South Korean protests the first to bring down a president in a long history of civic activism
The president of South Korea has announced she is willing to resign before the end of her five-year term. Park Geun-Hye made the announcement during her third televised apology to the nation, over a corruption scandal that has gripped the country for weeks.
She has left it to the National Assembly to decide the timing of her departure for a smooth transition of power.
The move comes only two days after her refusal to step down and has been interpreted as an attempt to head off an impending impeachment in the National Assembly, and as a concession to a series of large protests by South Koreans.
Despite the cold and snow, South Koreans held what is thought to be the largest protest yet on Saturday November 26, calling on President Park to resign. She has been struggling with an ongoing influence-peddling scandal involving a long-term friend and confidant, Choi Soon-sil, which may still lead to her prosecution.
The protest was the latest in a series of marches that have been held every Saturday since the scandal broke in October. Crowds have included teenagers in school uniforms, young parents carrying strollers, senior citizens, and even opposition party leaders, all holding candles and signs calling for the president to stand down.
Although organisers and police have frequently been at odds about the number of people attending, media reports have noted that the gatherings are the largest political protests since the 1986-1987 rallies that brought about democratisation after years of authoritarianism.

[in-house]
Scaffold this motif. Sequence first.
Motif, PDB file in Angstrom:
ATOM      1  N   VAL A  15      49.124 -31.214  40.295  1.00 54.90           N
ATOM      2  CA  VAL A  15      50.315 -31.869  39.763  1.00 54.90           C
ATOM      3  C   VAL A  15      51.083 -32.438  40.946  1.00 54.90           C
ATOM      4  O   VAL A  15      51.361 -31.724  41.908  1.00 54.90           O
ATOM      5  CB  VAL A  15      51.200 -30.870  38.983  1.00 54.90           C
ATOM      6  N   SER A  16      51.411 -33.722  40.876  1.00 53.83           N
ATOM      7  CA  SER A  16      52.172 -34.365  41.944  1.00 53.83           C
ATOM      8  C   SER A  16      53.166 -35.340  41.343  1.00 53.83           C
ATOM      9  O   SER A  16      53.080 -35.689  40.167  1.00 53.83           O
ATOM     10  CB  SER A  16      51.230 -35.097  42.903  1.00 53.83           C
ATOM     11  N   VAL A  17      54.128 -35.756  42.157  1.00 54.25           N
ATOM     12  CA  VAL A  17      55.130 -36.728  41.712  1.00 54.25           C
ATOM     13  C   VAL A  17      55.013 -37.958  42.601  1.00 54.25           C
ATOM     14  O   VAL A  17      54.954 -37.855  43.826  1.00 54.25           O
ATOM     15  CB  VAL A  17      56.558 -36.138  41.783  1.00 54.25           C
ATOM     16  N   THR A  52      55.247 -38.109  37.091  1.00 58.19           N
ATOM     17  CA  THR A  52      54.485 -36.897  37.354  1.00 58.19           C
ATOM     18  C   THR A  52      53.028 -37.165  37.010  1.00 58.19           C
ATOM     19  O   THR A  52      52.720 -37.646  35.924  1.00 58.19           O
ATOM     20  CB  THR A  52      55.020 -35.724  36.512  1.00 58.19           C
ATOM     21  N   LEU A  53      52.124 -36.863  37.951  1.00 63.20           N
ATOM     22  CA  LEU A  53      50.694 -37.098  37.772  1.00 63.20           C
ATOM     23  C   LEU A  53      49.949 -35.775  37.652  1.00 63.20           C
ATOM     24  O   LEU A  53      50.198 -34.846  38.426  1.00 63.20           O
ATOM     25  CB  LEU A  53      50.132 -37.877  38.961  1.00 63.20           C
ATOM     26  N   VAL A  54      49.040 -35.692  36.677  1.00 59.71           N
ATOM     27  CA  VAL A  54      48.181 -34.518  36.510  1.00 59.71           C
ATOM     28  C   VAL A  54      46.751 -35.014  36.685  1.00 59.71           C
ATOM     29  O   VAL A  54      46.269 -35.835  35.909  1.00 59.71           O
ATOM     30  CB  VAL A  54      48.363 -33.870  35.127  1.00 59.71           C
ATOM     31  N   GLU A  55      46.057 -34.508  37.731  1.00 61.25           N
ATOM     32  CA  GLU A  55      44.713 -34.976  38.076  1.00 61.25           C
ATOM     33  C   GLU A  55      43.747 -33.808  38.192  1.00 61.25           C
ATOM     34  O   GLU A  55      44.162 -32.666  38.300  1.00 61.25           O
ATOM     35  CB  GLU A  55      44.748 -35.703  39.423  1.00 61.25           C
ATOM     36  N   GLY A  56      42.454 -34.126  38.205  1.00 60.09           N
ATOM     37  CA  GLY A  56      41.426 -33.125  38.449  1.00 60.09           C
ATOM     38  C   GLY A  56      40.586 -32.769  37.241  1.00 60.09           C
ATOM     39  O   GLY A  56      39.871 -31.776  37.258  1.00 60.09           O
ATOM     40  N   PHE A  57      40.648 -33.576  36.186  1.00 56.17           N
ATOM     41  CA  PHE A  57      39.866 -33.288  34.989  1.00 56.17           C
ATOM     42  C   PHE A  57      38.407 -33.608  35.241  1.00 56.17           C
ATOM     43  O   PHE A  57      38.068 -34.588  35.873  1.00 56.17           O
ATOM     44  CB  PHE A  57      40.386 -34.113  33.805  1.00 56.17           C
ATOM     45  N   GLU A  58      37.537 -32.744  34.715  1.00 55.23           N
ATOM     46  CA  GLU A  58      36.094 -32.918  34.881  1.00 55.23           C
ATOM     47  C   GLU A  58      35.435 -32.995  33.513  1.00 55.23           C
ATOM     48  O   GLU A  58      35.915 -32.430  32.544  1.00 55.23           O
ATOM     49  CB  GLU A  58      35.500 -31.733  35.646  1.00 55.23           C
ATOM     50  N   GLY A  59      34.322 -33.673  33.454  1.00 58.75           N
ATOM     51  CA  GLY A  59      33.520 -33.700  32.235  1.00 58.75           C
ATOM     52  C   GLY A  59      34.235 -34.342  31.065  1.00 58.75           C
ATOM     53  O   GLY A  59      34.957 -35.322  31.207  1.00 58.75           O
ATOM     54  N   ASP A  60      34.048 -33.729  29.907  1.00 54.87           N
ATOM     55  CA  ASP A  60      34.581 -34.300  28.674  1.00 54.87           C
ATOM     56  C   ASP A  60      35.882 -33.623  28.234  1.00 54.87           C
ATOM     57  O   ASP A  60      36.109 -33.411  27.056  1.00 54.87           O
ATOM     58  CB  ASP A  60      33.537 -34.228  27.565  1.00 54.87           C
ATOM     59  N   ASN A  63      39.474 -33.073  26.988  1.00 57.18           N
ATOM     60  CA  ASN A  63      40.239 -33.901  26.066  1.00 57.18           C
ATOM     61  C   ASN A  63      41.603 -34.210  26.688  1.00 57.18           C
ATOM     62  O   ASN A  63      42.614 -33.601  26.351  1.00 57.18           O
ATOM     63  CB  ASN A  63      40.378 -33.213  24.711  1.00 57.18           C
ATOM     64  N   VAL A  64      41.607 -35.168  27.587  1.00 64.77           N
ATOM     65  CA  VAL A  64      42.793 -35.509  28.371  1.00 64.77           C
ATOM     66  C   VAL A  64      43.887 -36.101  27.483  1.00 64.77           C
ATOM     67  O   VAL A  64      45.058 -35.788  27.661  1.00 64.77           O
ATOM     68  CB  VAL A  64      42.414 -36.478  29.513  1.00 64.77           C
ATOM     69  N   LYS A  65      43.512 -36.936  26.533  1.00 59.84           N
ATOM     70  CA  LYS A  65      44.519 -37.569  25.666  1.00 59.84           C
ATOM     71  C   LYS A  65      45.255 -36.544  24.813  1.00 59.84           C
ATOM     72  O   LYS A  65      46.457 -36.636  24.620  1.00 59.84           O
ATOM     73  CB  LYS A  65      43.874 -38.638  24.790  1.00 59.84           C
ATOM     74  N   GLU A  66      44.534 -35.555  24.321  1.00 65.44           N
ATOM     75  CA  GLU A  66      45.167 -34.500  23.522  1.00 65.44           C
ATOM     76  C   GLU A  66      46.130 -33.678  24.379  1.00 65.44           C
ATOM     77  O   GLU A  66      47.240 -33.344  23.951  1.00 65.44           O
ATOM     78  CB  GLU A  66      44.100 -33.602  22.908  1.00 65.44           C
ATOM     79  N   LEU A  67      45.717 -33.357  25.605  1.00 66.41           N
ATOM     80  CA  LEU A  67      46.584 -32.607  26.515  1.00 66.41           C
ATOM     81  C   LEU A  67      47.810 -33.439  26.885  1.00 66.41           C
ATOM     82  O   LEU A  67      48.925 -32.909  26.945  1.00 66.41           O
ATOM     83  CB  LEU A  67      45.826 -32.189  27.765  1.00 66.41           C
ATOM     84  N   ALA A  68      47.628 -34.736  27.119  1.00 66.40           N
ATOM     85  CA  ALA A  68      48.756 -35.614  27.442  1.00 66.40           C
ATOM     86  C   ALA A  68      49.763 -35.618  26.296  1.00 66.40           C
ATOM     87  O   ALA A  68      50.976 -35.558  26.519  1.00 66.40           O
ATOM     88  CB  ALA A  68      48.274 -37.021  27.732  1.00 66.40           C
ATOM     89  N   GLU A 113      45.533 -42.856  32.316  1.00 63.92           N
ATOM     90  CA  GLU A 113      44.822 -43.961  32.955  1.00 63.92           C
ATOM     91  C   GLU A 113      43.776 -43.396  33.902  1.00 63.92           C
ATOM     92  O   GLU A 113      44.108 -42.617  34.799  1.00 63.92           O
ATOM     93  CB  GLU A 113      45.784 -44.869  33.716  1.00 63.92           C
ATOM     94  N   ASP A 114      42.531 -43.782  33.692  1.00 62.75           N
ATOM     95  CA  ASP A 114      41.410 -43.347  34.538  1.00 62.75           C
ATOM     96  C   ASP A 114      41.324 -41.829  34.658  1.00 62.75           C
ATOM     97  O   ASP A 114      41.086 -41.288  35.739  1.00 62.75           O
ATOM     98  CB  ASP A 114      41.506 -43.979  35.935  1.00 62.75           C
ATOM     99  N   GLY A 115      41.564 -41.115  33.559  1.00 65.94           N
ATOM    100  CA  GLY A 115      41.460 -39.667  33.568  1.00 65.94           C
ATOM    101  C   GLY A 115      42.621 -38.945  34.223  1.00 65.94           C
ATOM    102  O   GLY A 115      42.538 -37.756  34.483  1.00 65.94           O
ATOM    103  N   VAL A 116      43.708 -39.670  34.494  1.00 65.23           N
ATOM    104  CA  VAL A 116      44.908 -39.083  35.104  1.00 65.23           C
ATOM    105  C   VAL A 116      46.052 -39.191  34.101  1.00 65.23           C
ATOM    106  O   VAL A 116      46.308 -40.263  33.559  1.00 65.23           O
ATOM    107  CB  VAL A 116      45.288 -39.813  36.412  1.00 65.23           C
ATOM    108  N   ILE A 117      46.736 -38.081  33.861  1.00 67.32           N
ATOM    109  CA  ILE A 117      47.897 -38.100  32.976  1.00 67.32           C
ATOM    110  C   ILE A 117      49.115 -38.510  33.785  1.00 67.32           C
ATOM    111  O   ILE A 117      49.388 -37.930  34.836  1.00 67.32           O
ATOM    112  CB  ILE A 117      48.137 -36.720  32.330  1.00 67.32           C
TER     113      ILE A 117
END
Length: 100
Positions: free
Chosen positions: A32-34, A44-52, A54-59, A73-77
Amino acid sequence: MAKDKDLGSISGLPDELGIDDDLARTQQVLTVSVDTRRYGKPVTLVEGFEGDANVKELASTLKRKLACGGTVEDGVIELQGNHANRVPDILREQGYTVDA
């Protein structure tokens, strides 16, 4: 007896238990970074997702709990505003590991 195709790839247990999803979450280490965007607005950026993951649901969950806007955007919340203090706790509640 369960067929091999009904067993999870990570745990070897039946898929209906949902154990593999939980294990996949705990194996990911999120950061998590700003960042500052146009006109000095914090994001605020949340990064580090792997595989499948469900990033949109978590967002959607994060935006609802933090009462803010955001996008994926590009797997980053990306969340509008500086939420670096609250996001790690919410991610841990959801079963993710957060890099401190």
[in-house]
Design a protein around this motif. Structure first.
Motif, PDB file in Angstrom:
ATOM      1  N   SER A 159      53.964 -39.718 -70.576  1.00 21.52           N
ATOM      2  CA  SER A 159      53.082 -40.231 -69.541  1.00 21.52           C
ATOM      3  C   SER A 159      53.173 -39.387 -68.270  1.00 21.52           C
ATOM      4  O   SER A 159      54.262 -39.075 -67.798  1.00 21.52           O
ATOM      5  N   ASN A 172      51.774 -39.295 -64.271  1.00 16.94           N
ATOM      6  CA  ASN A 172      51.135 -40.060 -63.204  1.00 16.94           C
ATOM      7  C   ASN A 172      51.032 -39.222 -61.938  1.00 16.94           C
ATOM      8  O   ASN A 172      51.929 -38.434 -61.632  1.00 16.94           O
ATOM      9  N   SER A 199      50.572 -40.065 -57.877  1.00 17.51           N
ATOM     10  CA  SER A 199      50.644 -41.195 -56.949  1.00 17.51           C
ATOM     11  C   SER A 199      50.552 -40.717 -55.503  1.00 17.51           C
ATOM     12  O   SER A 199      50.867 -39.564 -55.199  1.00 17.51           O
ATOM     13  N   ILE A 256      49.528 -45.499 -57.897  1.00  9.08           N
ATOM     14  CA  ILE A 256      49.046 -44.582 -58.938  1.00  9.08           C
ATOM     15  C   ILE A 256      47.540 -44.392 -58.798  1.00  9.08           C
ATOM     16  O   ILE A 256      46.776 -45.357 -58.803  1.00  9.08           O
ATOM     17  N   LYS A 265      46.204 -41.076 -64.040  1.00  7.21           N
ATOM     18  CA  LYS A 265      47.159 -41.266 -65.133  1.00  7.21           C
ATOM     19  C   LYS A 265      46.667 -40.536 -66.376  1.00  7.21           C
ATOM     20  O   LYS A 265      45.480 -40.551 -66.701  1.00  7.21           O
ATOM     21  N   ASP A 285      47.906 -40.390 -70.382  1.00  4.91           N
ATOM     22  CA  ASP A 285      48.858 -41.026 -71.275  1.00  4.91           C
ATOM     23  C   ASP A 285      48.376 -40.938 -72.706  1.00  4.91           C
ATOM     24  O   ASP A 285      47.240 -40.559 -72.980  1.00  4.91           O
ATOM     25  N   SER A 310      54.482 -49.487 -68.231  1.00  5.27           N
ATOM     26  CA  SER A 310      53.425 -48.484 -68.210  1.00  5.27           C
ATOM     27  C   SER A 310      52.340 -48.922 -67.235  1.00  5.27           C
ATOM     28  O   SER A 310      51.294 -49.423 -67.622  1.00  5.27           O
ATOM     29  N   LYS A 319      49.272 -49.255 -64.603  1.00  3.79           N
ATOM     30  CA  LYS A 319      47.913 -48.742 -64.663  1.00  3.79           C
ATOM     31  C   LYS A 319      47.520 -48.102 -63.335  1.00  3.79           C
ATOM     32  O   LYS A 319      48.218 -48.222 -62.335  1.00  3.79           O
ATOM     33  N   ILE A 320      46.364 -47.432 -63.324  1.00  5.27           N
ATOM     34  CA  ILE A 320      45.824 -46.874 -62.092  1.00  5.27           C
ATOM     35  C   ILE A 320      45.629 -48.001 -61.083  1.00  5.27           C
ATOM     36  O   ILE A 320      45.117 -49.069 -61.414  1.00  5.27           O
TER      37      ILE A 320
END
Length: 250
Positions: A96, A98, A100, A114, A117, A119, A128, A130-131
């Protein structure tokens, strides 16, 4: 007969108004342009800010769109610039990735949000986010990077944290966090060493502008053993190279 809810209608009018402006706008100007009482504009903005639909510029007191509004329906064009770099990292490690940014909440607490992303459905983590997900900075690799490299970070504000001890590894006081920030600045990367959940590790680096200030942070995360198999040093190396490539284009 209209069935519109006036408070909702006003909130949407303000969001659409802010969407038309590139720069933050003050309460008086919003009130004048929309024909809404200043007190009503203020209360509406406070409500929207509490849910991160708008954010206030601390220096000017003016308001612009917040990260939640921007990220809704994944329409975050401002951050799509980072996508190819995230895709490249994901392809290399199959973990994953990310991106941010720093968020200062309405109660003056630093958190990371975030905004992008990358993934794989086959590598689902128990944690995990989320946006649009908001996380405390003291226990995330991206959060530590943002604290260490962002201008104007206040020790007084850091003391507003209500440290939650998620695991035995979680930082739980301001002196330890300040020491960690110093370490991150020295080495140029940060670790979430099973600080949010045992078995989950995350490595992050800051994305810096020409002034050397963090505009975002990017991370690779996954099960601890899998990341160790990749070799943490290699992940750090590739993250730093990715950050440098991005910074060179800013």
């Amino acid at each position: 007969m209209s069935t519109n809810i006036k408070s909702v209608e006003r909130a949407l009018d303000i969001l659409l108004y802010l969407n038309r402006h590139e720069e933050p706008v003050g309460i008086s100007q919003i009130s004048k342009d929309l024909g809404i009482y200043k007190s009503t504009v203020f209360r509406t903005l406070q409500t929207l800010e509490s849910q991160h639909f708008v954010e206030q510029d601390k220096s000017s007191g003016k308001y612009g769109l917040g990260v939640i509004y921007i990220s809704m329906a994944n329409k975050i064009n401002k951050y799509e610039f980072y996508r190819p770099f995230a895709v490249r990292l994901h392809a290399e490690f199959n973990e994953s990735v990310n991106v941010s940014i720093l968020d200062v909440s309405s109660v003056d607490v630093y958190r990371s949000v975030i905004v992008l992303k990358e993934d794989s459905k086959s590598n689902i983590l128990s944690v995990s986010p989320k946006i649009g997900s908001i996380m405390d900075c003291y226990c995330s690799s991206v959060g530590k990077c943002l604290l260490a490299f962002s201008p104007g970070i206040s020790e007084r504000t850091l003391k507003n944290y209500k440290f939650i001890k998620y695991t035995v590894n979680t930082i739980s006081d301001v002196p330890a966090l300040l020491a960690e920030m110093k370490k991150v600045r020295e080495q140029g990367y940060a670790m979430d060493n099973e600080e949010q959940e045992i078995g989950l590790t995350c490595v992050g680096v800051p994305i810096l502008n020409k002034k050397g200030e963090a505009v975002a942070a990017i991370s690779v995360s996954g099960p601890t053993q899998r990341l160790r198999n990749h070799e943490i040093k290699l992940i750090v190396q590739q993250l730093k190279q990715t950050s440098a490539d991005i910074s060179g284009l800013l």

Alleged corruption scandals involving the cronies and families of presidents are not unusual in South Korean politics, but they have not usually led to such a strong public response. Former presidents have all been plunged into these kinds of scandals in the latter years of their tenure.
The first president after democratisation in 1987, Roh Tae-Woo (1988-1993), was charged with corruption after he left office and sentenced to 17 years in prison.
The second son of president Kim Young-Sam (1993-1998) was involved in a bribery scandal in May 1997, while Kim was still in the office. A similar scandal plagued Nobel prize-winning president Kim Dae-Jung (1998-2003) five years later.
Another bribery scandal involved Roh Mu-hyun (2003-2008), who was a human rights lawyer before becoming president. Roh killed himself in 2009.
Park's predecessor, Lee Myung-Bak (2008-2013), also became embroiled in a bribery scandal involving his elder brother.
Why so angry?
Despite political scandals and controversies affecting every president since South Korea's democratisation, every president has finished their five-year term since the nation's current constitution came into effect in 1987.